By Warren King Moorehead, John E. Kelly
A Dan Josselyn Memorial Publication
This version of Moorehead’s excavations at Cahokia offers a entire selection of Moorehead’s investigations of the nation’s biggest prehistoric mound middle.
Covering virtually fourteen sq. kilometers in Illinois, Cahokia Mounds country historical website is the most important prehistoric mound heart in North the United States and has been unique an international historical past web site through the United international locations. equipped among A.D. 1050 and 1350, Cahokia initially contained the is still of over a hundred earthen mounds that have been used as locations for local American rituals, houses of chiefs, or elite tombs. past scientists debated even if the mounds have been a part of the average panorama, and lots of have been destroyed by means of city and commercial development
This publication is a file of archaeological investigations carried out at Cahokia from 1921 to 1927 by means of Warren ok. Moorehead, who proven that the mounds have been outfitted by means of indigenous peoples and who labored to guarantee maintenance of the location. the amount comprises Moorehead’s ultimate 1929 document besides parts of 2 initial reviews, masking either Cahokia and a number of other surrounding mound groups.
John Kelly’s advent to the ebook units Moorehead’s investigations within the context of alternative paintings performed at Cahokia sooner than the Nineteen Twenties and afterwards. Kelly stories Moorehead’s paintings, which hired 19th-century excavation options mixed with modern analytical tools, and explains how Moorehead contended with neighborhood social and political pressures.
Moorehead’s paintings represented vital excavations at a time while little different comparable paintings used to be being performed within the Midwest. The reissue of his findings provides us a glimpse into a major archaeological attempt and is helping us higher have fun with the prehistoric legacy that he helped preserve.
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Additional info for The Cahokia Mounds
Materials examined in the University of Illinois collections indeed do suggest an intense pre-mound Stirling phase component. A large, circular clay hearth was uncovered during the excavation into Mound 82. This finding suggests that this small earthen edifice was a substructure mound. Again, the materials recovered appear to be affiliated with the Sand Prairie phase occupation in this area ofCahokia (Kelly et al. 1995). Mound 80 (actually Mound 75 [Fowler 1997]), approximately 2,500 feet to the southwest of Sawmill, contained "a large number of potsherds, bones, burned clay, and village site material" (Moorehead 1923:16).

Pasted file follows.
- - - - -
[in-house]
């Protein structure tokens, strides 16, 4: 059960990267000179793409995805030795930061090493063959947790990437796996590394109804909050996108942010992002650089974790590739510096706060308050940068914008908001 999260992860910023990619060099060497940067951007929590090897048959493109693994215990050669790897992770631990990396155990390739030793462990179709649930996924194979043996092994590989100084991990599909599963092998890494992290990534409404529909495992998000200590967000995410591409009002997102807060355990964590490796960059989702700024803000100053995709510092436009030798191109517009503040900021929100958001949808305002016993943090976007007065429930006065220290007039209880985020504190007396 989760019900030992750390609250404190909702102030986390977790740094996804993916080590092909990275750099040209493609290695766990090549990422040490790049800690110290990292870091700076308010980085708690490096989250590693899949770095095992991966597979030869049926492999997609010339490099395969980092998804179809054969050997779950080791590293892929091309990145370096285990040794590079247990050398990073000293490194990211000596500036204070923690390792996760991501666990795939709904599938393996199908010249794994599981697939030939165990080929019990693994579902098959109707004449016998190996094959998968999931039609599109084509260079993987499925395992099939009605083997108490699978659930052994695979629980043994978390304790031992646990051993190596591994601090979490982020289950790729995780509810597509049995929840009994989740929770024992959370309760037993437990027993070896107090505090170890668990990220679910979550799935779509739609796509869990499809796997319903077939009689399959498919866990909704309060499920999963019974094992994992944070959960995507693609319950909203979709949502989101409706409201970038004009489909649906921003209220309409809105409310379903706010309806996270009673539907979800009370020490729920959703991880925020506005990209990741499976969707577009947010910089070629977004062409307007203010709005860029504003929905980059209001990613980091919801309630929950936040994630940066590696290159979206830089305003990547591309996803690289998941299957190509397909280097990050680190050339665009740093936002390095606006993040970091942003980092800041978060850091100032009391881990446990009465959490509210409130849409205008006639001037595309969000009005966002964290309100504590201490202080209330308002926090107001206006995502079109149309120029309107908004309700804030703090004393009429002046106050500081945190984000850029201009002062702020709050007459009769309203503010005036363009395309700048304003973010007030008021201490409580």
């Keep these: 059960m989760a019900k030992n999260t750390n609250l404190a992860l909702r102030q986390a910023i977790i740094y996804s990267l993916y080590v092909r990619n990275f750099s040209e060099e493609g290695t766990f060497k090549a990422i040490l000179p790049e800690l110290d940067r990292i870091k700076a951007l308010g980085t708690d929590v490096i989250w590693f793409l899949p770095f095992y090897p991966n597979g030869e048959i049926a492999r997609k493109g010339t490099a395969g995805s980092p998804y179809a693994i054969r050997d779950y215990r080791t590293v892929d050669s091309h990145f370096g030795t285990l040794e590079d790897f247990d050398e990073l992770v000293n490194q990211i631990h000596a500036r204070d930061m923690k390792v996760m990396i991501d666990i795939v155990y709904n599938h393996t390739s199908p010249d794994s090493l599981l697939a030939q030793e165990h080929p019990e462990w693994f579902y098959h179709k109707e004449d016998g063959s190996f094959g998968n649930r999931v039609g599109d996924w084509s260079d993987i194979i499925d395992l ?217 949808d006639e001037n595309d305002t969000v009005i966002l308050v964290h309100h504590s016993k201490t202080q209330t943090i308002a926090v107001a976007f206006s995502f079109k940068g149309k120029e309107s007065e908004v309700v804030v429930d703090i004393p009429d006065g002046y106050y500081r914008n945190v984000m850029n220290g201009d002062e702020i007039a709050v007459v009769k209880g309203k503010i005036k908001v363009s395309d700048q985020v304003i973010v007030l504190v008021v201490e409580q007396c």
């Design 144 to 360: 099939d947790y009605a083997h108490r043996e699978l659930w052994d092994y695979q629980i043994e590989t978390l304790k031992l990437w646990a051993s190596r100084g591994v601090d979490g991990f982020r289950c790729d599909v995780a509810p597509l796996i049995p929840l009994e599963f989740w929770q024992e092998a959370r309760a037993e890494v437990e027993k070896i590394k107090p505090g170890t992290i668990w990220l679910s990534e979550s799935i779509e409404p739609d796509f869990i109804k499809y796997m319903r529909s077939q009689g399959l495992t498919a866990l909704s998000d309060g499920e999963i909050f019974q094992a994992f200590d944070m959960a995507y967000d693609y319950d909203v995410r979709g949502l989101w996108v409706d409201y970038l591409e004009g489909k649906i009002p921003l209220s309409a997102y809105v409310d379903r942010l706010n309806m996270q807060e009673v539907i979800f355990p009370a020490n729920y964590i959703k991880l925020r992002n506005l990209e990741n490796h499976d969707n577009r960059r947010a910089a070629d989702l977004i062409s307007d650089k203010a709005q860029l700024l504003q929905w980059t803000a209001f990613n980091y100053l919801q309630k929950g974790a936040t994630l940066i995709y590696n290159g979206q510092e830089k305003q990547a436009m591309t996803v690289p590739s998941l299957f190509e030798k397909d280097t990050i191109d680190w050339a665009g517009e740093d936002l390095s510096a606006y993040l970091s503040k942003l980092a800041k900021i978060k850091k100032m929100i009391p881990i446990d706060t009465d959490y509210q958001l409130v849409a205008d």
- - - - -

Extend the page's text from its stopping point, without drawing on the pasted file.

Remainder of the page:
His observation on the presence of such materials in the backyards of residences at these depths between 20 and 36 inches has been recently verified (Kelly 1994). In general the 1922 investigations at Cahokia were the most extensive that Moorehead undertook and were published by the University of Illinois the following year (Moorehead 1923). A complete copy of the text, excluding plates and bibliography that also appear in the 1929 report, is included here in facsimile form. He was able to integrate into his investigations the work of geologists, anatomists to examine human remains, and other specialists.
Except for a Middle Woodland sherd, the materials are indicative of a Mississippian, Lohmann phase, affiliation. With the exception of the celt cache recovered from beneath this mound in 1943 (Harn 1971; Esarey and Pauketat 1992), this artifact is the only material recovered from the mound. The remaining site investigated in 1923 was the Emerald Mound group, in the upland Silver Creek drainage 15 miles east southeast of Cahokia (Koldehoff et al. 1993). In his publication, Moorehead referred to this site as the Stock Mound, which included the largest mound and two smaller mounds to the east.
The Cahokia Mounds by Warren King Moorehead, John E. Kelly